Candidate Personas: Your Recruiting Team’s Starter Guide (Updated for 2017)
What are candidate personas? Why use them when recruiting? How do you build them? This quick guide will answer your questions and get you started.
Credit: Christian De Pape
What is a candidate persona? Good question. It’s a tool that is very similar to the buyer personas used in sales and marketing. Here’s a definition:
candidate persona (recruitment)
A fictional representation of your target hire, based on existing employee data, market research, and educated guesses about experience, goals, motivations, and concerns.
Why use candidate personas
If your talent acquisition team doesn’t understand who they’re speaking to, who they’re working to attract, successful recruiting is much harder to do.
A candidate persona answers the following questions:
- What does the person we’re looking to hire need?
- What motivates them?
- What fears and concerns do they have?
- Where can we find them?
- What is the best way to engage with them?
By highlighting this information, personas help you and your team empathize with your target talent audience. They help you select relevant job titles and write job descriptions that appeal specifically to them. They help guide your sourcing strategy and send reach-outs that get replies. They help you produce employer branding content that provides timely information, addresses concerns, and answers common questions. They also help you deliver that content through the recruitment marketing channels your target talent uses most.
When to use personas
In an ideal world, you’d develop a candidate person for every role. But this isn’t an ideal world. You don’t always (ever?) have the time or resources to do that.
The effort is particularly worthwhile for evergreen jobs (e.g. server at a restaurant chain) and highly-specialized competitive roles (e.g. iOS developer). You can also develop personas around business functions (e.g. People Operations), teams (e.g. Internal Sales team), role-types (e.g. Creatives), locations (e.g. Tampa office), or job statuses (e.g. Employed but open to opportunities).
The idea is to equip yourself with personas that address your most difficult, urgent hiring challenges. Personas help tame those challenges.
How to build a candidate persona
How do you assemble a useful persona? Research. Here’s what you need to do:
1. Talk with top performers
First, identify your top performers. Who is excelling in the role or on the team? Ask hiring managers. Look at performance data.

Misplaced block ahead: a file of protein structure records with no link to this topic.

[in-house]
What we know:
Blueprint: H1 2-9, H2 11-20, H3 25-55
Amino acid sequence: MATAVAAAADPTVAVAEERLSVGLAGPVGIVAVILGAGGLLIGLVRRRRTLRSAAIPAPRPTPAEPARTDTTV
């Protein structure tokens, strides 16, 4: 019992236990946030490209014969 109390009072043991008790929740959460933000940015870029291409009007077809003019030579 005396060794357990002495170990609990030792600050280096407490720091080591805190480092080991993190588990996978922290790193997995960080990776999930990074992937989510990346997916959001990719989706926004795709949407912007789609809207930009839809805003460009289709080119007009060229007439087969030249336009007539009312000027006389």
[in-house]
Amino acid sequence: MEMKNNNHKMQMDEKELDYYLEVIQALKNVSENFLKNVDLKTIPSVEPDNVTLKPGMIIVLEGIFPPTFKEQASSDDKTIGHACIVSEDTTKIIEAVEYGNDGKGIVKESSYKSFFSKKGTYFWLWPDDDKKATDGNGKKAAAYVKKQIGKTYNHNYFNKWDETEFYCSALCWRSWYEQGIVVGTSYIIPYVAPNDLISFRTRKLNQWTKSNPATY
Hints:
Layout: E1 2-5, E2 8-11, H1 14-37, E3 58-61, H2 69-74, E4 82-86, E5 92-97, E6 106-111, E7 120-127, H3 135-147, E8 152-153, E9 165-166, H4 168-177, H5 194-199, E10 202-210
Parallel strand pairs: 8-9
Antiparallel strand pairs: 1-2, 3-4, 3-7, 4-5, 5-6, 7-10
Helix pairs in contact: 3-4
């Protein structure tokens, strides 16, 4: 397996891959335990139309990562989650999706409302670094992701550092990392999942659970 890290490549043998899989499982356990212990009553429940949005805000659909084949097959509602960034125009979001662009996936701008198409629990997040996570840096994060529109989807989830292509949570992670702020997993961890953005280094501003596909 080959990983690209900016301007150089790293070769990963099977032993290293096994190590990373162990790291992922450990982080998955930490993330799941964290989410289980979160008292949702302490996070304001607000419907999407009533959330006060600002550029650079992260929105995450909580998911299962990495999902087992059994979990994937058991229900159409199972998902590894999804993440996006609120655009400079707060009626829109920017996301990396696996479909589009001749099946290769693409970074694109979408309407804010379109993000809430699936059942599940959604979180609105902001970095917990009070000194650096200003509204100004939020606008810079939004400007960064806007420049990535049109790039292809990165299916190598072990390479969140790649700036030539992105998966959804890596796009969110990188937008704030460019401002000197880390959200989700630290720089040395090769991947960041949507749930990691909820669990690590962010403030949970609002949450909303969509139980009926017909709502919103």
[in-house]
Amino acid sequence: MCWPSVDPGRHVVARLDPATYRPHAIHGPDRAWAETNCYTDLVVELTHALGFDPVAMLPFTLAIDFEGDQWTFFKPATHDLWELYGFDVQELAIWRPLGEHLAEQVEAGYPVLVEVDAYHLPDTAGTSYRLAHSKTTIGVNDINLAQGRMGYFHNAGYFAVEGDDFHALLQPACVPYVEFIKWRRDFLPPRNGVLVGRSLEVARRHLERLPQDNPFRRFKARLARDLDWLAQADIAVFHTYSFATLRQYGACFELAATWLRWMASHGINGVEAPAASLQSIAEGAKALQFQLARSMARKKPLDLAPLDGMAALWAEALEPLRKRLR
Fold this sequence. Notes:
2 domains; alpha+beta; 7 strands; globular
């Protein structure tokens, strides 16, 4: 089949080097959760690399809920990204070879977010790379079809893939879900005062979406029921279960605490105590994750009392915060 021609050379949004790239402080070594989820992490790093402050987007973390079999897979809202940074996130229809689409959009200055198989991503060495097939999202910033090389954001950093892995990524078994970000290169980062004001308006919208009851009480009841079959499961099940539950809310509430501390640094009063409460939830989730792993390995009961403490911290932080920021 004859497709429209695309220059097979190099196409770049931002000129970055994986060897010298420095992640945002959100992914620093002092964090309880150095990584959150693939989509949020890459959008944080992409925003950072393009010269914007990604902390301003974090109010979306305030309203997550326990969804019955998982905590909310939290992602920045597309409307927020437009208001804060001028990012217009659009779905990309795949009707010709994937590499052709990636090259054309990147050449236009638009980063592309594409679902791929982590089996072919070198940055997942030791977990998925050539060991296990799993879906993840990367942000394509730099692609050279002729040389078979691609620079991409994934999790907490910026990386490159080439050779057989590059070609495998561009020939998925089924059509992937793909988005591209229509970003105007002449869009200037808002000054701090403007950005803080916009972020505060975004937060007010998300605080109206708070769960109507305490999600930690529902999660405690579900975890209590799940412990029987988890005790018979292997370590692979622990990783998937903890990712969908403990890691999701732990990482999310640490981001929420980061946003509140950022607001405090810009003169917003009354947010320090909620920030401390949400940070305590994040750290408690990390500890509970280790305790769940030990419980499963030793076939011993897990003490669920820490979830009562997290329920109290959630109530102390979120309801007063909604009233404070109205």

Then, schedule some one-on-one time to sit down and learn about them: their background, experiences, attitudes, beliefs, and motivations. This type of research is called ethnographic interviewing.
Questions to ask:
- What is most important for you to be successful in your job?
- What do you wish you had more of?
- What do you worry about?
- What made you decide to join the company?
- Where do you spend your time online?
- What affects your career choices?
Listen for attitudes and beliefs. These keywords signal emotional states. Absolutes – “always,” and “never” – and judgments – “deserved,” “should have” – are good clues. Phrases that suggest a perceived lack of choice, or points to an external authority, provide clues to the hidden beliefs people hold.
Make sure to take notes. If you can, record the conversations to capture comments verbatim – word choice is important and will influence your persona.
2. Identify trends and insights
Along with the notes from your research interviews, gather relevant data from your applicant tracking system (e.g. source of hire numbers), insights from employee engagement surveys (e.g. “What words would you use to describe our culture?”), details from hiring manager intakes (e.g. “What is the ideal personality for someone in this role?”), and key documents that define the workplace culture (e.g. core values statements).
Analyze this material. You might use a structured exercise like the affinity process to organize your research. Pinpoint themes that stand out – details and traits that should shape your persona.
3. Assemble the persona
Here we go! Using the trends from your research, put together a plausible, grounded in reality representation of who you want to fill the role:
- My name is … Give them a name to serve as a shorthand reference, e.g. Riya.
- I am a … Name their occupation, e.g. recruiter.
- I live in … Name the location they call home.
- The first few things you should know about me … Outline background information that influences their career.
- My work style? Well, I’m a … Growth-seeker or stability-seeker; delegator or do-it-yourselfer; thinker or doer; etc.
- In my life, I care most about … List motivations and values.
- My biggest challenges are … Identify the pain points in their life.
- Right now, my main career goals are … Identify their career goals.
- To thrive at work, I need … List what most influences their success.
- When I’m online, I’m usually on … List the platforms and places they frequent the most.
Personas typically include a photo to make them feel “real.” Be careful, though. You don’t want to reinforce discriminatory stereotypes (e.g. software engineers look like white men, nurses look like women). A simple illustration of a face is another option. Illustrations provide a visual you can identify with without defining exactly what the person looks like.
On a similar note: don’t include demographic or personal information unless it affects career decisions and personality.
4. Use your candidate persona
Your candidate persona is like a wanted poster. Put it up where everyone on your talent acquisition team can see it.
Create message templates targeted to that person. Articulate how your company can help them solve the challenges they face and achieve their goals. Include an elevator pitch to include in job postings, social media campaigns, emails, phone calls, and interviews.